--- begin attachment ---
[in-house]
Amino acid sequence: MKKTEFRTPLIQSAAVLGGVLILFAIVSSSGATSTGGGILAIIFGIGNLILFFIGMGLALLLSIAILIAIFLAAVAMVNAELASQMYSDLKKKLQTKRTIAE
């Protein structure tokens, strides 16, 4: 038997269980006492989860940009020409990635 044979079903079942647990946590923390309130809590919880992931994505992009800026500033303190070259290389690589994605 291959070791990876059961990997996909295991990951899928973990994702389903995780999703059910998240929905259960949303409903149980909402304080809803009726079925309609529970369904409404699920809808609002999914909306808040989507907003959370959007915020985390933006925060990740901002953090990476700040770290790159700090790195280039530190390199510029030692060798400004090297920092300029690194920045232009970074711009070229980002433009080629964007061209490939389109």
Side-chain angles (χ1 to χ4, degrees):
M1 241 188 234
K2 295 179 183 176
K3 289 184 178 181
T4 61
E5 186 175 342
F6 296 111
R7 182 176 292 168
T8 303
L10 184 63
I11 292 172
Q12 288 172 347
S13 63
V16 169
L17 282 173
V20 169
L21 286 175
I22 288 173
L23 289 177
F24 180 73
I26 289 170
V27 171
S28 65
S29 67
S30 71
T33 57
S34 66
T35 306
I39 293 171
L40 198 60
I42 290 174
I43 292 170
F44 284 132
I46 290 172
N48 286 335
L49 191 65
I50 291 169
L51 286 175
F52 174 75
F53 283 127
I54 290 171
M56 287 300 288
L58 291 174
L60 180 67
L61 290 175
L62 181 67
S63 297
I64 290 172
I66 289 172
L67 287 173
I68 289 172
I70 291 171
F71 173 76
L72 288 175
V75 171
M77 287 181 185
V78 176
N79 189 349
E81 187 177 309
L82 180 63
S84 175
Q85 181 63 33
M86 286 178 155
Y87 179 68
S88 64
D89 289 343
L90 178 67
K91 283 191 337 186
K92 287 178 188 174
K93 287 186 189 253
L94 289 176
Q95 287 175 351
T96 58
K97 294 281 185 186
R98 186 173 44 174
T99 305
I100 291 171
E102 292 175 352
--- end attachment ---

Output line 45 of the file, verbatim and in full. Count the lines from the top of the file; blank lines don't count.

M56 287 300 288